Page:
MCR Safety FR Clothing – Triple-Vented
To give linemen and electricians the breathability they need, MCR uses patented Summit Breeze® technology in our FR clothing. What’s special about this FR technology? Its mesh venting is incorporated onto the back and under the arms, allowing body heat to escape where it builds up the most.
Summit Breeze® technology provides better heat stress management for those working in a hot environment, those who are performing labor-intensive tasks, or a combination of the two. When working in an environment prone to heat stress, vented openings can be a lifesaver. MCR Safety is the only manufacturer providing FR clothing with three total FR mesh vent openings, allowing for exceptional airflow.
Summit Breeze® Technology
Sometimes it’s tempting to choose the cheapest clothing option and save a buck, but you risk putting yourself in danger when you do not select workwear that is both flame-resistant and designed to keep you cool and comfortable. The least-expensive garment that meets the minimum requirements of the standard may not be the best value in the long run.
5.5 oz. FR Workshirt powered by Summit Breeze®
Triple-Vented, Lightweight, and Durable with Ripstop Inherent Blend
Summit Breeze FR Work shirts
In addition to offering triple vents, MCR Safety utilizes comfortable moisture-wicking work fabrics that are lightweight without being clingy. At just 5.5 oz., our ripstop inherent blend material is one of the lightest-weight Category 2 fabrics available on the FR clothing market. Combined with Summit Breeze® triple-vent technology, our workshirts are breathable, moisture-wicking, and extremely durable.
You’ll find triple vents on all MCR Safety FR clothing powered by Summit Breeze® technology. MCR Safety is the only FR clothing manufacturer offering patented triple vents.
Breathable FR fabrics protect you from the heat of an arc flash or fire while allowing your body’s heat to escape. Moisture-wicking fabrics catch and dissipate your sweat so it isn’t dripping down your body. Check out our selection of FR clothing and choose from our variety of double-stitched ripstop shirts and triple-stitched ripstop coveralls for PPE that can stand up to any work hazard, whether that’s actual flames or working around the abrasive objects found on any industrial worksite.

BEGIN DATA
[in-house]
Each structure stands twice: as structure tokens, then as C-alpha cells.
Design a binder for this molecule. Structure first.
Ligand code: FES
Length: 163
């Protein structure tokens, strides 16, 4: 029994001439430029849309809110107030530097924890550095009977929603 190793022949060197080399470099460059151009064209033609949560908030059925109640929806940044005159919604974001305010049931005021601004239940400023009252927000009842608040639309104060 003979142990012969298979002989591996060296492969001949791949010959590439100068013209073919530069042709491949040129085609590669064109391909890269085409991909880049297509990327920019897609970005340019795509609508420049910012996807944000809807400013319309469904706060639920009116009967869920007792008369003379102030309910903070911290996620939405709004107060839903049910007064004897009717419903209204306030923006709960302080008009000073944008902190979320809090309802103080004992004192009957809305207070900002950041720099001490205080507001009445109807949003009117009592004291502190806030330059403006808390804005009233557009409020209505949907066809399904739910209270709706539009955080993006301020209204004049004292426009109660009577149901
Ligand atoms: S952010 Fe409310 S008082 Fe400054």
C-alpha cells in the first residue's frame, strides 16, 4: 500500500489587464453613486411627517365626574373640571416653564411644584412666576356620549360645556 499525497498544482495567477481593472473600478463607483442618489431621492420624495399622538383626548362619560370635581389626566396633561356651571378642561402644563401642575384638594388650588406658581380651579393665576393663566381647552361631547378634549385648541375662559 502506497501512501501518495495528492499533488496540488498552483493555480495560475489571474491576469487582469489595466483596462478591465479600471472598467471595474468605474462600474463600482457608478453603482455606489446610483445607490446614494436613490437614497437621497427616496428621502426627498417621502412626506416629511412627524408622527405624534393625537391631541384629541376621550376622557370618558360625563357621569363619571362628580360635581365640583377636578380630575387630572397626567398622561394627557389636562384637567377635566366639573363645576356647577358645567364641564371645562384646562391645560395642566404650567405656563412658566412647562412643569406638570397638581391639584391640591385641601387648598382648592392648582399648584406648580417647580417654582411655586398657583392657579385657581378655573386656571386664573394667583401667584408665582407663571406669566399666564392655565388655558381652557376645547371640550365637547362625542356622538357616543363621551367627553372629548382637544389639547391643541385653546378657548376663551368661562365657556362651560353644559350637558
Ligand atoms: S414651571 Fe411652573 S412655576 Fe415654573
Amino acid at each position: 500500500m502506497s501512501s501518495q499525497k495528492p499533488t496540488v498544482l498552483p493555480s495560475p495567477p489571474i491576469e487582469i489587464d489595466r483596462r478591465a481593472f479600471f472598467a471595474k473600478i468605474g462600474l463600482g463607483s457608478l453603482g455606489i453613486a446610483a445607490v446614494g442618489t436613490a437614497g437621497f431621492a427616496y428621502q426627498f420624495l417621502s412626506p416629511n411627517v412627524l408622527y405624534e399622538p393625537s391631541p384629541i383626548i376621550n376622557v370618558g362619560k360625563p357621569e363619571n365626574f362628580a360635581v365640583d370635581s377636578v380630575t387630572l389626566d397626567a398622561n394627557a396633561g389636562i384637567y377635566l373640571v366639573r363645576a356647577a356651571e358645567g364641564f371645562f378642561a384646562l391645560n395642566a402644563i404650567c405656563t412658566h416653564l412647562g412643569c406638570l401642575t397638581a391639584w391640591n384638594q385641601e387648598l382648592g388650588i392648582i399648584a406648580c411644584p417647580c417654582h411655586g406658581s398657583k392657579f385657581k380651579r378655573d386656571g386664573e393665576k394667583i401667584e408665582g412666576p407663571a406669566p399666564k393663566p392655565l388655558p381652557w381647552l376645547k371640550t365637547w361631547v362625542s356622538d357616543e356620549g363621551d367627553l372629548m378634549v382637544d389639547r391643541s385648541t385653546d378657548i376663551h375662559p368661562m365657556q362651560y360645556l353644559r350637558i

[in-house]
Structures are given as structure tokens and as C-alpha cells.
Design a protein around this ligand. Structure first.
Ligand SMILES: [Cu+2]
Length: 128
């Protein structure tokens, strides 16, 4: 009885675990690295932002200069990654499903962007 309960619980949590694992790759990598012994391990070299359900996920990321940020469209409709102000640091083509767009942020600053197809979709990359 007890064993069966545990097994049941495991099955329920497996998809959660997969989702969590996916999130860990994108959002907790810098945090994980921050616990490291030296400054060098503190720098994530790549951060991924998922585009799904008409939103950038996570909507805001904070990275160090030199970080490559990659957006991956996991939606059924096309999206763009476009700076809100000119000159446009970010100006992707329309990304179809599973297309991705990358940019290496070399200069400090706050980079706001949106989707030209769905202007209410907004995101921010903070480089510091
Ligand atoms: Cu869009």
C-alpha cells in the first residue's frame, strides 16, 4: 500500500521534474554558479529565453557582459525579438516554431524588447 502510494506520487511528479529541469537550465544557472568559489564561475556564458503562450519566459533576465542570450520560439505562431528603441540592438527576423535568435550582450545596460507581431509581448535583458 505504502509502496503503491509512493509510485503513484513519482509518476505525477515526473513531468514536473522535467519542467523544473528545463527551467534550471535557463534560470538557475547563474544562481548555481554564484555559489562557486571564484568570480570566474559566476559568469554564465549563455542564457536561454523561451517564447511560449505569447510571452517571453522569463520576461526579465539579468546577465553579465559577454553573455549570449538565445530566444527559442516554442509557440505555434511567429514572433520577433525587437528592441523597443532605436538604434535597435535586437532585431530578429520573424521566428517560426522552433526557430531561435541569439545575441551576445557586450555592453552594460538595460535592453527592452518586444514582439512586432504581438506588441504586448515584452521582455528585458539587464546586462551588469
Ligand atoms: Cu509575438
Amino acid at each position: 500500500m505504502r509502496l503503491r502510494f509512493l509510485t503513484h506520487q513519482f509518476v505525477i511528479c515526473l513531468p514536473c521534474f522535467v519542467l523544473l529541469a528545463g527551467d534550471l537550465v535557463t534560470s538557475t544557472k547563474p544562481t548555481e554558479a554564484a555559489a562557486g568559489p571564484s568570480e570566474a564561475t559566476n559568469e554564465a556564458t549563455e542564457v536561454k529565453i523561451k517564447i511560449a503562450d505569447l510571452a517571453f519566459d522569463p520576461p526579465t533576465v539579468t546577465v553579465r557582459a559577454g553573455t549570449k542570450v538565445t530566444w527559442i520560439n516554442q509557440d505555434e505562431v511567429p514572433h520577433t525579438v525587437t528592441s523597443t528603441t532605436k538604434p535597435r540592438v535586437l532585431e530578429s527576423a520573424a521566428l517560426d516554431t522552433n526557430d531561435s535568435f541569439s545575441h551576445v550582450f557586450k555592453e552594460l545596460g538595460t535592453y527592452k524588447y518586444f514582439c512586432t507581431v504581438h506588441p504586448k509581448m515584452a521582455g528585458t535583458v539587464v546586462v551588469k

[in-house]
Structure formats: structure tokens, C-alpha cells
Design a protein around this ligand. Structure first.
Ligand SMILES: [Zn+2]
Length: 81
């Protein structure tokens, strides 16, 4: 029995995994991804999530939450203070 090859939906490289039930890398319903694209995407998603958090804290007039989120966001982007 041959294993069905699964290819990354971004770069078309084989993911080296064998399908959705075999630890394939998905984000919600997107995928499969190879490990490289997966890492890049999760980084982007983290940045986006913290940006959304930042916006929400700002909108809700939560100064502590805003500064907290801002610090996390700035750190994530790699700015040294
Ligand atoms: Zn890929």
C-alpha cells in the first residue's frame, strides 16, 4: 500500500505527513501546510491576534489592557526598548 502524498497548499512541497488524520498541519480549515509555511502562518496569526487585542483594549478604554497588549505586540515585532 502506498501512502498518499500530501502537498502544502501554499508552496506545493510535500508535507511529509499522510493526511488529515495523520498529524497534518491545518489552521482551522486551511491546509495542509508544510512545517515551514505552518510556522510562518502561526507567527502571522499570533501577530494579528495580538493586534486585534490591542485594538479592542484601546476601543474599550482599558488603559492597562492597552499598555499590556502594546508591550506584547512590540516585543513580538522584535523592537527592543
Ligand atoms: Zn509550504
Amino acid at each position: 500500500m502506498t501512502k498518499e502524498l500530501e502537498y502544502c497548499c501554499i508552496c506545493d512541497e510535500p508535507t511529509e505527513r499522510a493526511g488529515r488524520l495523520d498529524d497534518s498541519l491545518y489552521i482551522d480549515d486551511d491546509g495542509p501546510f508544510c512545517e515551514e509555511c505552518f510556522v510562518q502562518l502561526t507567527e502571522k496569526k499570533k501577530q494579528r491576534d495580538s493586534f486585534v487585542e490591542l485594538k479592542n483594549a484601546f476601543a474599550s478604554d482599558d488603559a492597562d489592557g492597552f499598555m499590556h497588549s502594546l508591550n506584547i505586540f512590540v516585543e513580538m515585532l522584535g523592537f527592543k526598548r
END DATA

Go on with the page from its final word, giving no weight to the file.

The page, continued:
Our Summit Breeze collection includes more than FR shirts. We offer FR coveralls and in a variety of materials and weights. Our next section will show you how to access all Summit Breeze FR clothing protection!
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MCR Safety’s FR Clothing Resources
MCR Safety believes in offering high-quality products that provide superior protection. In addition to that, we are passionate about making sure you’re informed when making crucial PPE decisions. That is why we offer electrical workers links to numerous resources to stay up-to-date on all relevant PPE, standards, hazards, and much more.
Here are all the resources we’ve assembled to help you find the most appropriate FR clothing:
Summit Breeze® PDF on the left side; FR Online Catalog on the right side.
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Keeping Electrical Workers Safe on the Job
Electricians, linemen, electrical contractors—all of these jobs play an important part in modern society. That’s why MCR Safety provides top-rated PPE for tradespeople in the electrical industry. We want you to be safe and comfortable while you provide your services that power modern conveniences for the rest of us.
We are committed to protecting people and can provide all the safety equipment you need.
For those who want an immediate trial of our new lineup of FR clothing with Summit Breeze® technology, we will pay the shipping to get your initial order sent! To learn more about this offer, click here.
For over 45 years, MCR Safety has proven to be a world leader in gloves, glasses, and garments. Whether it’s on the shop floor, an oil rig, or a construction site, we are there providing solutions to workplace hazards. It’s all part of our commitment to protect people.
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We welcome any comments, feedback, or suggestions for how we can best protect people at work.
For over 45 years, MCR Safety has proven to be a world leader in gloves, glasses, and garments. Whether it's on the shop floor, an oil rig, or a construction site, we are there to provide solutions to workplace hazards. It's all part of our commitment to protect people.
No matter your industry, we have the personal protective equipment you need.
Learn more about MCR Safety by checking out our most recent video. For more information, browse our website, request a catalog, find a distributor, or give us a call at 800-955-6887.